Each week, the IVN editorial team will pick interesting, thought-provoking, and sometimes unusual stories that caught our attention during the previous week. Here are the picks of the week beginning January 28, 2013:
From the New Yorker’s Andy Borowitz, his article lampoons what has become known as ‘Beyonce-gate.’ Following her supposed lip-synching ‘scandal’ at the Presidential inauguration on January 21. Outrage over the non-issue of Beyonce’s performance quickly gained steam in the mainstream media, yet this refreshing dose of satire reigns in the insignificance of the event.
The urge to rewrite history with unsubstantiated claims is often too strong to overcome in the blog-o-sphere. The Atlantic’s Ta-Nehisi Coates writes, “The message one derives from this is that power gives you the privilege of lying. If you are big enough, if your name rings out far enough, you may make words mean whatever you want them to mean.” This piece provides some excellent insight on the power of words.
The unrelenting budget crisis has brought all types of characters out of the woodwork to propose their solutions. A proposal introduced by Representative Mo Brooks (R-Alabama) this week seemed more like a political ploy than an actual solution.
The Protecting America’s Solvency Act or H.R. 371 would make an unbalanced budget an impeachable offense. The concept may seem like a good idea, but such a dramatic penalty would warp the separation of powers to give Congress yet another avenue to impeach an executive they might not see eye to eye with.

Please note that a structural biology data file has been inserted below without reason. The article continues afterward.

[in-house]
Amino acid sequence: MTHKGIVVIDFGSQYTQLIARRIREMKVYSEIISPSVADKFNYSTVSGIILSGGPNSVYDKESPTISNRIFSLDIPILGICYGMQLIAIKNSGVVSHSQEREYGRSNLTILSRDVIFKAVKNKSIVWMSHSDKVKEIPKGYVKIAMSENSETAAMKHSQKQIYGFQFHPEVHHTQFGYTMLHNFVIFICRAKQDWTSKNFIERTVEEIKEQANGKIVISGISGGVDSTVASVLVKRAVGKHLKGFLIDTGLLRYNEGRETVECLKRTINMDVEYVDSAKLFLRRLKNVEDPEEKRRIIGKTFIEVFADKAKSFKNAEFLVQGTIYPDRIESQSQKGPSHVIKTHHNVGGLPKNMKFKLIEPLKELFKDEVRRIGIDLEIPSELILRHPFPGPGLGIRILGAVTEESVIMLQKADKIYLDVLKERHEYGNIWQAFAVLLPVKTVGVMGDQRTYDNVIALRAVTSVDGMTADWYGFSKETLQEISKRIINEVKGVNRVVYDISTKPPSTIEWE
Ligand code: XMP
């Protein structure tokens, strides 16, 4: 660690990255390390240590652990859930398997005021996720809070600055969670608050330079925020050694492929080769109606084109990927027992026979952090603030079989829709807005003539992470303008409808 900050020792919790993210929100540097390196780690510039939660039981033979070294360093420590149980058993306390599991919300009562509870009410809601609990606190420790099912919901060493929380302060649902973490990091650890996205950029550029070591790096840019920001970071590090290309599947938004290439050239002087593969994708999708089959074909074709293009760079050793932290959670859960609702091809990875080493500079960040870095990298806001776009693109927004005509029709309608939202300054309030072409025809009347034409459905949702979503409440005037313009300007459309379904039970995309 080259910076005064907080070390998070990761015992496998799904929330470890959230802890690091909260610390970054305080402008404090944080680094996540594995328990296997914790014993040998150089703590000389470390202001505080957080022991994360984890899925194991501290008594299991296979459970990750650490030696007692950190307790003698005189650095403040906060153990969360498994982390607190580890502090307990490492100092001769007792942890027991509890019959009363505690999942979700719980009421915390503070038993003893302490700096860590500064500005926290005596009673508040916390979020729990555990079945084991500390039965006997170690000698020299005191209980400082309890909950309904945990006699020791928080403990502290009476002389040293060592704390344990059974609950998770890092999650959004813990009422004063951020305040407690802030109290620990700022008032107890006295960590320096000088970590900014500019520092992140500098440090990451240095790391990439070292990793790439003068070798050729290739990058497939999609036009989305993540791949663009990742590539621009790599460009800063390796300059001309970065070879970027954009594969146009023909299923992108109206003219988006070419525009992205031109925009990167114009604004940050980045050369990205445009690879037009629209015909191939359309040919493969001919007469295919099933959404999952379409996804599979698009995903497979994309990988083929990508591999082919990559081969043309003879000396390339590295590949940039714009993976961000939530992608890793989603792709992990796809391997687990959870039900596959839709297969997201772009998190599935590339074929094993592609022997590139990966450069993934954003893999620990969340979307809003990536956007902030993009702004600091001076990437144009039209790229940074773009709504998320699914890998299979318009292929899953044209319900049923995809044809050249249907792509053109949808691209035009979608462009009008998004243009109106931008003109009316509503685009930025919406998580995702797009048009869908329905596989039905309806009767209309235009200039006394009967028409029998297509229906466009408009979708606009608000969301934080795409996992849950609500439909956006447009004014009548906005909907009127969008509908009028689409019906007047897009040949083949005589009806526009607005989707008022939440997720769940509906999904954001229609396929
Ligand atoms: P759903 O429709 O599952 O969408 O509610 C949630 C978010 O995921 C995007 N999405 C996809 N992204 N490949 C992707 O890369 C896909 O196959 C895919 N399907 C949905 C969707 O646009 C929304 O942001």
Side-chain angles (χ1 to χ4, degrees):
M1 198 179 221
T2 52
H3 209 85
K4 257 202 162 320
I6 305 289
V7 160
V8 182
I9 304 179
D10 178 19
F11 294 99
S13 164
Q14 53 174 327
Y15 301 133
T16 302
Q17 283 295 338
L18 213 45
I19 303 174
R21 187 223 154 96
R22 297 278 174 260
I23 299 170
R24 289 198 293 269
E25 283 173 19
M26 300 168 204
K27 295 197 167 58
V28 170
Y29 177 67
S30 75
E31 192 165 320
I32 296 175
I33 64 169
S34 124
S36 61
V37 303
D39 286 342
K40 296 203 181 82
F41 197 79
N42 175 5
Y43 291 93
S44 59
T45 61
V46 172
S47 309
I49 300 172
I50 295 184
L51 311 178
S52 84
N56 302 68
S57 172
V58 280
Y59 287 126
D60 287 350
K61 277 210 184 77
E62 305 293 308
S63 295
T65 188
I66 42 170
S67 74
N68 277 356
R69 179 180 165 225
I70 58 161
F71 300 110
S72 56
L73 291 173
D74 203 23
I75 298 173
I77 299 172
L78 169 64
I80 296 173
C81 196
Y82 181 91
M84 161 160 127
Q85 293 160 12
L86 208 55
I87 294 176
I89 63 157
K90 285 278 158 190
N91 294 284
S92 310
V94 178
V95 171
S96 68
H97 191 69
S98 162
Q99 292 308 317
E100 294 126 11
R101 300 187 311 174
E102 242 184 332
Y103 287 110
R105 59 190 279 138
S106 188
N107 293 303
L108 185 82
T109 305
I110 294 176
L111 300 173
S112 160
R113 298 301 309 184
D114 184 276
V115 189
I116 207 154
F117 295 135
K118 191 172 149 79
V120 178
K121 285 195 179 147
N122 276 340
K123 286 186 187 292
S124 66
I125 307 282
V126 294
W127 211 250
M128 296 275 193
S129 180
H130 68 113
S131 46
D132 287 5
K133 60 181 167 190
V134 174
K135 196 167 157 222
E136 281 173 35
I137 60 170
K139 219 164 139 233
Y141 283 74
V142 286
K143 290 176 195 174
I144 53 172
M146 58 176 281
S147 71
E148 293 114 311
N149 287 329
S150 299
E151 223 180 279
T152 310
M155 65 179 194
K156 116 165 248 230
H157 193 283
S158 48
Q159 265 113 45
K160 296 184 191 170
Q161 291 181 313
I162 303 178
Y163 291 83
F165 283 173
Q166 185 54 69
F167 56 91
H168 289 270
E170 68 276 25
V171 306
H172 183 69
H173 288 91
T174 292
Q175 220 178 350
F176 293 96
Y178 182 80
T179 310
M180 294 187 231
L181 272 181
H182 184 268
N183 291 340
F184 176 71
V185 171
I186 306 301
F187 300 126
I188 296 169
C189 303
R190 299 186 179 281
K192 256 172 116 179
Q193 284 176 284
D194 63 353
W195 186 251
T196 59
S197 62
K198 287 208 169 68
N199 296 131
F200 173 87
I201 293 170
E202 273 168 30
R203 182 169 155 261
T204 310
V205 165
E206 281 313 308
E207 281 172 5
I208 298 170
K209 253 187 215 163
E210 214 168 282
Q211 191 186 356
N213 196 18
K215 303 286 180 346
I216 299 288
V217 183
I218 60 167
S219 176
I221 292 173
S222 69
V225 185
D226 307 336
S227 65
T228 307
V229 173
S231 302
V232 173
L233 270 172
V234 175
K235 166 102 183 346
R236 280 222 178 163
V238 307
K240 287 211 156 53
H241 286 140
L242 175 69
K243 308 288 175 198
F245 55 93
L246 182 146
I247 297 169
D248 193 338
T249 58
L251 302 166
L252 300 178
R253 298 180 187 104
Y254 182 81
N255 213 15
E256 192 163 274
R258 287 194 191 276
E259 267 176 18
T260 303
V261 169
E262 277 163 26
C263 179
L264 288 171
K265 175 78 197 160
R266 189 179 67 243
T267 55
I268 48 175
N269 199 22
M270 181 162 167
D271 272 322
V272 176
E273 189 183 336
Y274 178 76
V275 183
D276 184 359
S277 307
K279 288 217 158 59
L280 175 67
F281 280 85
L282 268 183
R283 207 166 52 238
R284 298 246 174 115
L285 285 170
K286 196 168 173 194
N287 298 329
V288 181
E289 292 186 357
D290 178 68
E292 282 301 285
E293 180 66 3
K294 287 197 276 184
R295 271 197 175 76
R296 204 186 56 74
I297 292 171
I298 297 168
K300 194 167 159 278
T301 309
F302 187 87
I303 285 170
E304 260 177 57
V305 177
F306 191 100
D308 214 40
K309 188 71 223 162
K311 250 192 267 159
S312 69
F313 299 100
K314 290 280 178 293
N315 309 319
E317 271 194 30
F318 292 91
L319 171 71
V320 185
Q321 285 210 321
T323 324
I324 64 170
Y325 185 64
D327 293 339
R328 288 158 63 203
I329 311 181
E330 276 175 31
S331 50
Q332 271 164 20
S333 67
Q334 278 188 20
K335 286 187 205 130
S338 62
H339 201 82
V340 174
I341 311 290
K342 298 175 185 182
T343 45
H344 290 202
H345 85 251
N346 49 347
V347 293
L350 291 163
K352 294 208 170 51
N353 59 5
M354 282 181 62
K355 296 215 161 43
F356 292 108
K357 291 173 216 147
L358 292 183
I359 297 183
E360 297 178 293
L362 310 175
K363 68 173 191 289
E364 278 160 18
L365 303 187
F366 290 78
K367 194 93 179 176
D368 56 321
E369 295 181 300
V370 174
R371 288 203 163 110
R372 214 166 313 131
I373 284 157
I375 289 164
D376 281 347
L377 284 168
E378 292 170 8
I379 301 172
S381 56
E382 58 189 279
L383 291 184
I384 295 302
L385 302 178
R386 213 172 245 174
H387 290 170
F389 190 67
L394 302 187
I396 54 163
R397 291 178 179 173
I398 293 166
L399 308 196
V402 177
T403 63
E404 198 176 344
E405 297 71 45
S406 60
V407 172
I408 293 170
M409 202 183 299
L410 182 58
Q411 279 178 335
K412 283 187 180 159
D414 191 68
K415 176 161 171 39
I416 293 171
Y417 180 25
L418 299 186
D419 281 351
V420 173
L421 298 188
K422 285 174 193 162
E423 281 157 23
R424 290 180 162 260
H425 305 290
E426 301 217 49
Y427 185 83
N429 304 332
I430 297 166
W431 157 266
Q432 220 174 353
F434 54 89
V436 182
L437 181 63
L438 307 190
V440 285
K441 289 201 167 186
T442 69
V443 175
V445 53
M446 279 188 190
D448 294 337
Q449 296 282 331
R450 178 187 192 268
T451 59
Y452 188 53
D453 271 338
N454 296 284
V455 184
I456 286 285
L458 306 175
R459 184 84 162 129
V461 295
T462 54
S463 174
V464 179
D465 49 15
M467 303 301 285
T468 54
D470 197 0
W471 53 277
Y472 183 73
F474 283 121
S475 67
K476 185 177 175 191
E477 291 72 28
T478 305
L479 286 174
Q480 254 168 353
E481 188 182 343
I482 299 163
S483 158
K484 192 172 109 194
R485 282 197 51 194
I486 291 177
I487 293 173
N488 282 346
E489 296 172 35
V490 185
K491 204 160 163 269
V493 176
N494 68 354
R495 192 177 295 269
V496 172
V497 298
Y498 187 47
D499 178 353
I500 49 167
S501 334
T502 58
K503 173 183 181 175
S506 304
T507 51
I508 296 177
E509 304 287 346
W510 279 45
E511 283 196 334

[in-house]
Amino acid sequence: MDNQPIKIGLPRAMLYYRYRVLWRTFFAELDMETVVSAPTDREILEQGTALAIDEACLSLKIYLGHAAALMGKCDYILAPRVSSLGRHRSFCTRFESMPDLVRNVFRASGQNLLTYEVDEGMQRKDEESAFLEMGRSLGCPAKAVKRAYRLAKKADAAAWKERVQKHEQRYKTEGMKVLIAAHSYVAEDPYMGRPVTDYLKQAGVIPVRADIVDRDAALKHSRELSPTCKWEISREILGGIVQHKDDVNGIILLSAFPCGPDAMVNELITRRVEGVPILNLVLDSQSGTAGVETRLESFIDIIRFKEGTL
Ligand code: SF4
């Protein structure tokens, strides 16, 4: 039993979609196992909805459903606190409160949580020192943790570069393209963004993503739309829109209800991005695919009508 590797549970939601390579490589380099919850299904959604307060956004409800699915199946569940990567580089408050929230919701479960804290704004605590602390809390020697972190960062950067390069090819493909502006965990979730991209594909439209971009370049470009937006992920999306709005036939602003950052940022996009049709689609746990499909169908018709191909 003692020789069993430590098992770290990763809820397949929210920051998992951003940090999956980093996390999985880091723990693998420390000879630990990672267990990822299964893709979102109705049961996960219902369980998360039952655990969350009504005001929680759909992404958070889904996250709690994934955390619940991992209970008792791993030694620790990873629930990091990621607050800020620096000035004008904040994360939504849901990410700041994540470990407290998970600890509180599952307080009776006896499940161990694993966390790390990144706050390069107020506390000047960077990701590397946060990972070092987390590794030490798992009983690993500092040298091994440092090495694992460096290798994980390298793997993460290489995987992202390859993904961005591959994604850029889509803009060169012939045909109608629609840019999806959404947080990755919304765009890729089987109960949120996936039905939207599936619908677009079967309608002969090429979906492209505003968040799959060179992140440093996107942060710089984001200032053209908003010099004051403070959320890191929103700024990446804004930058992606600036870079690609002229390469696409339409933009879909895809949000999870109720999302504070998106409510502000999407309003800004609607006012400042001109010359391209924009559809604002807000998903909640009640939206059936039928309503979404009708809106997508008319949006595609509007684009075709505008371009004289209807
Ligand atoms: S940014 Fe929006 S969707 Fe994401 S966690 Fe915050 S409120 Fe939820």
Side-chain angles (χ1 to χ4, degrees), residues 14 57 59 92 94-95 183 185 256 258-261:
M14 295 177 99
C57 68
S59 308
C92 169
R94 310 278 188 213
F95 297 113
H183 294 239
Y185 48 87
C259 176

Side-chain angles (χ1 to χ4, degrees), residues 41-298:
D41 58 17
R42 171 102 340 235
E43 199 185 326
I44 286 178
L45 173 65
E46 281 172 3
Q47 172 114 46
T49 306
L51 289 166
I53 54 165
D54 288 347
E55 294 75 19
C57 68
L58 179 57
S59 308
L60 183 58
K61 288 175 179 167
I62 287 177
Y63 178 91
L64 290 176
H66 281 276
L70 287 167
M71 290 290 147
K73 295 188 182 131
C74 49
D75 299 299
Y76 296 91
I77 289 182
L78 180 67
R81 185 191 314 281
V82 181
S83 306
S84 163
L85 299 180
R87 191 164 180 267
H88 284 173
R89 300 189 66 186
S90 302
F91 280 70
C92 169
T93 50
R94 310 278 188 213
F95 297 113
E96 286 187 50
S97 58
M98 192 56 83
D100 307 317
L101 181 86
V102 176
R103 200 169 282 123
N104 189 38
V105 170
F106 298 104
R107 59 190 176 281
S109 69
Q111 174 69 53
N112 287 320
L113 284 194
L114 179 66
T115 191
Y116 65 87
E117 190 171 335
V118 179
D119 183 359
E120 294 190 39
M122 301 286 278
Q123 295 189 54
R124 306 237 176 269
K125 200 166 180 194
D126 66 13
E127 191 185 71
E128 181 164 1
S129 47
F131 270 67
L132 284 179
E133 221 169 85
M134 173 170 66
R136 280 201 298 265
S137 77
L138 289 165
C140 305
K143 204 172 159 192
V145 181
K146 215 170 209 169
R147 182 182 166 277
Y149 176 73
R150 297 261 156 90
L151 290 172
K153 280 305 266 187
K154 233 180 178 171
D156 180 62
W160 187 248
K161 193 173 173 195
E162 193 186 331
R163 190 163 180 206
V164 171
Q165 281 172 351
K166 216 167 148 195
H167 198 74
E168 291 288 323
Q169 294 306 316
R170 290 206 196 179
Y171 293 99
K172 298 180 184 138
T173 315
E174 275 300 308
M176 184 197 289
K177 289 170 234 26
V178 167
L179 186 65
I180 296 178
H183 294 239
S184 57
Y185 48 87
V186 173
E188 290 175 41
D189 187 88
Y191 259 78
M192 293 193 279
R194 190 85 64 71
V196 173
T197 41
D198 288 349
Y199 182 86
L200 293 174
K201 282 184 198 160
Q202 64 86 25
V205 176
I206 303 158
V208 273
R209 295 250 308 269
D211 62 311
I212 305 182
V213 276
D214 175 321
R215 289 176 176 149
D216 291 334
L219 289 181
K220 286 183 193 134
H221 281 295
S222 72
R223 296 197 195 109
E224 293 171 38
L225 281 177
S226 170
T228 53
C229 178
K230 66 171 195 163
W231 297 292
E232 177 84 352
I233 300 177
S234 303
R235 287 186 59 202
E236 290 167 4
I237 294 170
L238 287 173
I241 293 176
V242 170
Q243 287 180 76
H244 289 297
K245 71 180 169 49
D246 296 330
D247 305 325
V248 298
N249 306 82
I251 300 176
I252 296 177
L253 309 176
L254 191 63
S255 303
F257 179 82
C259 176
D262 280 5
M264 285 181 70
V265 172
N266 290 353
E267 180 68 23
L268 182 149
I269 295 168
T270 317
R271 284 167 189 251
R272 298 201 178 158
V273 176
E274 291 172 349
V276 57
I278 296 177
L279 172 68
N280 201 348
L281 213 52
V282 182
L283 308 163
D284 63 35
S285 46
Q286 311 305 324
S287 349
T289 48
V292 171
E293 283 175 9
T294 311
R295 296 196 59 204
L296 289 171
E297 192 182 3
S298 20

Tired of seeing people taking pictures of their food? You are not the only one. A number of New York restaurants have decided to ban food photography for a number of reasons, including the distraction it creates for other customers or because chefs believe that bad picture does not pay tribute to their art. However, by banning cameras, restaurants will be losing free advertisement.
Not every twitter account is created equal. Indeed, if every U.S. Senator has now a twitter account not all of them use it the same. For example Senator Chuck Grassley, 79 years old, has now become well-known on the social network for his misspelled tweets. He gave another headache to his followers this week with a enigmatic tweet containing a single letter: “U.”
During the 2012 election, social media stood out as a major campaigning tool. However, too often campaigns lacks the tools to accurately measure the quality of online conversation thus assess the success of their message. Social media experts believe that will change for the 2016 election cycle with the rise of sentiment analysis programs, which will become cheaper and more accurate in the coming years.